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    How to Make a Spaceship

    Foreword by Elon Musk
    Read by Rob Shapiro
    16.6 hrs • 9/20/16 • Unabridged
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  2. 9/20/2016 • Unabridged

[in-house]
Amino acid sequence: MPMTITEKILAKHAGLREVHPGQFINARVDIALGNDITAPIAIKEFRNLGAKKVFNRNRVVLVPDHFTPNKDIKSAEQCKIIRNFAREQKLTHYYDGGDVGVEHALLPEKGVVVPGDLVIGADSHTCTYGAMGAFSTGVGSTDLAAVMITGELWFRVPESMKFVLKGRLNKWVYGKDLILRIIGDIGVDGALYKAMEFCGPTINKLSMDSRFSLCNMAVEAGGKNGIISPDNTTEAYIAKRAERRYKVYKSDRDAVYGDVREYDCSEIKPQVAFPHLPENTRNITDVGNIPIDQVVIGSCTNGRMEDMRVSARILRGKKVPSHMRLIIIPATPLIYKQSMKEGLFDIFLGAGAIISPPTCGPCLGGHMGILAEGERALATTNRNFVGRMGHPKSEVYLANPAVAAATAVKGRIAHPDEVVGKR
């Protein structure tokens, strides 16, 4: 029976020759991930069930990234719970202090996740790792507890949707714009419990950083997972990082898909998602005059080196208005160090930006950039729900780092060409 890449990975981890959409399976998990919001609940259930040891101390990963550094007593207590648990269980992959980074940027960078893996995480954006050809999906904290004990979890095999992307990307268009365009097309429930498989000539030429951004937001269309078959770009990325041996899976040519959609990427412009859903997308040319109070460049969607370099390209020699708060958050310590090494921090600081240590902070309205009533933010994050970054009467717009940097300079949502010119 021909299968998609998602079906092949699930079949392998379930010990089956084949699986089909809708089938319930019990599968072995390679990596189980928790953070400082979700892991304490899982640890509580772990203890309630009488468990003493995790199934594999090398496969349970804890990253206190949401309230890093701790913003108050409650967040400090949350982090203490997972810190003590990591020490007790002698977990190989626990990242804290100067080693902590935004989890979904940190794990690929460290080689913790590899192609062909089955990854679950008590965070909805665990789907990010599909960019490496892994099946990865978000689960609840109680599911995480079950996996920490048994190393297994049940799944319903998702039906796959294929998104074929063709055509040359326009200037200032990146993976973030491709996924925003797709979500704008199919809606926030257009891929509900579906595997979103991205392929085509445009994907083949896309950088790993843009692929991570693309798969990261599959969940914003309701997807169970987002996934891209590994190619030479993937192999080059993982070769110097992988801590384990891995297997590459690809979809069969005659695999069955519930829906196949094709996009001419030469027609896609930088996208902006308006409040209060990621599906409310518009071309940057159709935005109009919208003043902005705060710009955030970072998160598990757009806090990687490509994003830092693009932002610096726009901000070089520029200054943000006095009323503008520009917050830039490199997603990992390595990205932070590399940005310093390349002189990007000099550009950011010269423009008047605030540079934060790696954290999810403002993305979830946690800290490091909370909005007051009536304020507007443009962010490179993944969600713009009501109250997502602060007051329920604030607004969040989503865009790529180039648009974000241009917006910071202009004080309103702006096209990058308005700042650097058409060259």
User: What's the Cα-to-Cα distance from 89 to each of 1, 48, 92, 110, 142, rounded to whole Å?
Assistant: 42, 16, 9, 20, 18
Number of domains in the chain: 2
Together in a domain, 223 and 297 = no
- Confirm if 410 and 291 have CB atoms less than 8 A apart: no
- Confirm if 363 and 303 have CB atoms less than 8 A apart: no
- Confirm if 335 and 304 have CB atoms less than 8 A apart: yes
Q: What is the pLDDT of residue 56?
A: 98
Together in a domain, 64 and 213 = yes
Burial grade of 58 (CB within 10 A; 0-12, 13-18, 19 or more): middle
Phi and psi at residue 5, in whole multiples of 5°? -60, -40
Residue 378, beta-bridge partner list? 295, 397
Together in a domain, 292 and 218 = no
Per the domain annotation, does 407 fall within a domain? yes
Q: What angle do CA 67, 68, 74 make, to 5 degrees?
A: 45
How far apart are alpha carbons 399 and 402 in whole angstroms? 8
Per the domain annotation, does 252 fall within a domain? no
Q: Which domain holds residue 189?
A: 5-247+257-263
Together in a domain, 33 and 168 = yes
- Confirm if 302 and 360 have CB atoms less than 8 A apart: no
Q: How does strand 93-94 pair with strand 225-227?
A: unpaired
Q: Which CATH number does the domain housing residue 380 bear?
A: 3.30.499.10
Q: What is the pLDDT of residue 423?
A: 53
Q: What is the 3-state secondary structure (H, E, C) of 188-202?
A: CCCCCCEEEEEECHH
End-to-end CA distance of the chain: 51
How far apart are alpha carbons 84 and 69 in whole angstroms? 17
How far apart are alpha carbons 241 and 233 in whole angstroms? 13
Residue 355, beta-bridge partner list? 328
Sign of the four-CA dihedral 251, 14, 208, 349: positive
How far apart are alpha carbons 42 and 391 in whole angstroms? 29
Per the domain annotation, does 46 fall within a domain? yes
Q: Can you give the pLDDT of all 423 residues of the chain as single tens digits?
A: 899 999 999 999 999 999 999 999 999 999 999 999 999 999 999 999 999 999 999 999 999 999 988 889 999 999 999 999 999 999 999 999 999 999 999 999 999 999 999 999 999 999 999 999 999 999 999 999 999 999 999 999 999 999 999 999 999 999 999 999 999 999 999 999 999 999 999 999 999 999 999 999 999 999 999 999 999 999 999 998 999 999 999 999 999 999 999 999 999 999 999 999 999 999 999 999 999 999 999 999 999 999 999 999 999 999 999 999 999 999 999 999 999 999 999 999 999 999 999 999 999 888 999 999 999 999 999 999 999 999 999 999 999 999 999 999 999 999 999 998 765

Tracy Kidder, the “master of the nonfiction narrative” (Baltimore Sun) and author of the bestselling classics Mountains Beyond Mountains, Strength in What Remains, and The Soul of a New Machine, now gives us the inspiring story of an American maverick.   Fortune, mania, genius—Paul English is a kinetic and generous man, an unconventional inventor and entrepreneur, who as a boy rebelled against authority. But he had a mind for the age that was coming.   Growing up as a bright boy in working-class Boston, English discovers a medium for his talents the first time he sees a computer. As a young man, despite suffering from what will later be diagnosed as bipolar disorder, he begins his pilgrim’s journey through the ups and downs in the brave new world of computers. Relating to the Internet as if it’s an extension of his own mind, he discovers that he has a gift for building creative teams of people, becoming a pied piper of geeks. His innovative management style, success, and innate sense of fair play inspire intense loyalty. Early on, one colleague observes: “Someday this boy’s going to get hit by a truck full of money, and I’m going to be standing beside him.” Yet when English makes a fortune as co-founder of the travel website Kayak.com, the first thing he thinks about is how to give it away. “What else would you do with it?” he asks. Money, after all, is meant to be moved. “Hoarding it is a disaster, because it goes against what money was created for.” The second thing he thinks is, what’s next?   With the power of a consummate storyteller, Tracy Kidder casts a fresh, critical, and often humorous eye on the way new inventions and new money are reshaping our culture. A Truck Full of Money is a mesmerizing portrait of an irresistibly endearing man who is indefatigable, original, and as unpredictable as America itself.